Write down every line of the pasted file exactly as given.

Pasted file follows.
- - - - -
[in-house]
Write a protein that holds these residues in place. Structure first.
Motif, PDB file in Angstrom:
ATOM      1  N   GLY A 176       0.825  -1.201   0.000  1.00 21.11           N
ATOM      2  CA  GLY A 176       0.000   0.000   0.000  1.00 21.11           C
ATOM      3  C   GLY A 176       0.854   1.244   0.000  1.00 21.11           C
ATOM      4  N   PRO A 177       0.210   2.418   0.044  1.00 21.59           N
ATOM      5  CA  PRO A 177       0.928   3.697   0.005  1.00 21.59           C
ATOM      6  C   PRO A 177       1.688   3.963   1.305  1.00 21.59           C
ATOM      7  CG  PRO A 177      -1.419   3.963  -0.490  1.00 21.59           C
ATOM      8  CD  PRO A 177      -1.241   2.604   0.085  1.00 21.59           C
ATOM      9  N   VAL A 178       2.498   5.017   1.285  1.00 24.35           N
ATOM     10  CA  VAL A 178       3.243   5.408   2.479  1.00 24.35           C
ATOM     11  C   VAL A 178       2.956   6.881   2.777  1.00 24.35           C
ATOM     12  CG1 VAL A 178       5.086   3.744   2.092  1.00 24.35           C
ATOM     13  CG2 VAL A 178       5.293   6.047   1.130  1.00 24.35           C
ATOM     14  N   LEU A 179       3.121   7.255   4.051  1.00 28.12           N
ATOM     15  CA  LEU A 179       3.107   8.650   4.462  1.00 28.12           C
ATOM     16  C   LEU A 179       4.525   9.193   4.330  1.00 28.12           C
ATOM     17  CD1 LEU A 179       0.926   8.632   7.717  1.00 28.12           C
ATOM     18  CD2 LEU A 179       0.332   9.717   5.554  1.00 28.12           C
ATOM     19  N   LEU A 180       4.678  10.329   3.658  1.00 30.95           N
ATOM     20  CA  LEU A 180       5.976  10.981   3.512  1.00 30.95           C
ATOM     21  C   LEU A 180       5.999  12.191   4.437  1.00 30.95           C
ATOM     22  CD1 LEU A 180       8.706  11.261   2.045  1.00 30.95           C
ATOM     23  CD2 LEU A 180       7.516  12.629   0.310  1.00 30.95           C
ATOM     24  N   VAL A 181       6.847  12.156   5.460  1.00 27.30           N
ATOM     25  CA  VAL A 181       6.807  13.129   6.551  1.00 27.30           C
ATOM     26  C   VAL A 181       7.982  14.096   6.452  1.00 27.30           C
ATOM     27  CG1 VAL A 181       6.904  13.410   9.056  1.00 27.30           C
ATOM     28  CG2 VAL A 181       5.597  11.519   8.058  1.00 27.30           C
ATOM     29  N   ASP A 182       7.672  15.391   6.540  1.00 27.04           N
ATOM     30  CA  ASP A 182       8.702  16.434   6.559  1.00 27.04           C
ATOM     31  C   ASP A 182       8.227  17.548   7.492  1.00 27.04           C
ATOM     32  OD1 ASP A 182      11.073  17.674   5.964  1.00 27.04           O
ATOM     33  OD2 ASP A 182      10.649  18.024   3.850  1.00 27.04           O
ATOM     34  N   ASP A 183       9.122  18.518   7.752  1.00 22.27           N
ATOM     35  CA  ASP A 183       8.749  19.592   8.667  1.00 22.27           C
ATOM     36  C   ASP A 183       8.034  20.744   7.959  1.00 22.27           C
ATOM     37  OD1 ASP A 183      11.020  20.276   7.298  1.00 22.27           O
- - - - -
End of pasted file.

[in-house]
Write a protein that holds these residues in place. Structure first.
Motif, PDB file in Angstrom:
ATOM      1  N   GLY A 176       0.825  -1.201   0.000  1.00 21.11           N
ATOM      2  CA  GLY A 176       0.000   0.000   0.000  1.00 21.11           C
ATOM      3  C   GLY A 176       0.854   1.244   0.000  1.00 21.11           C
ATOM      4  N   PRO A 177       0.210   2.418   0.044  1.00 21.59           N
ATOM      5  CA  PRO A 177       0.928   3.697   0.005  1.00 21.59           C
ATOM      6  C   PRO A 177       1.688   3.963   1.305  1.00 21.59           C
ATOM      7  CG  PRO A 177      -1.419   3.963  -0.490  1.00 21.59           C
ATOM      8  CD  PRO A 177      -1.241   2.604   0.085  1.00 21.59           C
ATOM      9  N   VAL A 178       2.498   5.017   1.285  1.00 24.35           N
ATOM     10  CA  VAL A 178       3.243   5.408   2.479  1.00 24.35           C
ATOM     11  C   VAL A 178       2.956   6.881   2.777  1.00 24.35           C
ATOM     12  CG1 VAL A 178       5.086   3.744   2.092  1.00 24.35           C
ATOM     13  CG2 VAL A 178       5.293   6.047   1.130  1.00 24.35           C
ATOM     14  N   LEU A 179       3.121   7.255   4.051  1.00 28.12           N
ATOM     15  CA  LEU A 179       3.107   8.650   4.462  1.00 28.12           C
ATOM     16  C   LEU A 179       4.525   9.193   4.330  1.00 28.12           C
ATOM     17  CD1 LEU A 179       0.926   8.632   7.717  1.00 28.12           C
ATOM     18  CD2 LEU A 179       0.332   9.717   5.554  1.00 28.12           C
ATOM     19  N   LEU A 180       4.678  10.329   3.658  1.00 30.95           N
ATOM     20  CA  LEU A 180       5.976  10.981   3.512  1.00 30.95           C
ATOM     21  C   LEU A 180       5.999  12.191   4.437  1.00 30.95           C
ATOM     22  CD1 LEU A 180       8.706  11.261   2.045  1.00 30.95           C
ATOM     23  CD2 LEU A 180       7.516  12.629   0.310  1.00 30.95           C
ATOM     24  N   VAL A 181       6.847  12.156   5.460  1.00 27.30           N
ATOM     25  CA  VAL A 181       6.807  13.129   6.551  1.00 27.30           C
ATOM     26  C   VAL A 181       7.982  14.096   6.452  1.00 27.30           C
ATOM     27  CG1 VAL A 181       6.904  13.410   9.056  1.00 27.30           C
ATOM     28  CG2 VAL A 181       5.597  11.519   8.058  1.00 27.30           C
ATOM     29  N   ASP A 182       7.672  15.391   6.540  1.00 27.04           N
ATOM     30  CA  ASP A 182       8.702  16.434   6.559  1.00 27.04           C
ATOM     31  C   ASP A 182       8.227  17.548   7.492  1.00 27.04           C
ATOM     32  OD1 ASP A 182      11.073  17.674   5.964  1.00 27.04           O
ATOM     33  OD2 ASP A 182      10.649  18.024   3.850  1.00 27.04           O
ATOM     34  N   ASP A 183       9.122  18.518   7.752  1.00 22.27           N
ATOM     35  CA  ASP A 183       8.749  19.592   8.667  1.00 22.27           C
ATOM     36  C   ASP A 183       8.034  20.744   7.959  1.00 22.27           C
ATOM     37  OD1 ASP A 183      11.020  20.276   7.298  1.00 22.27           O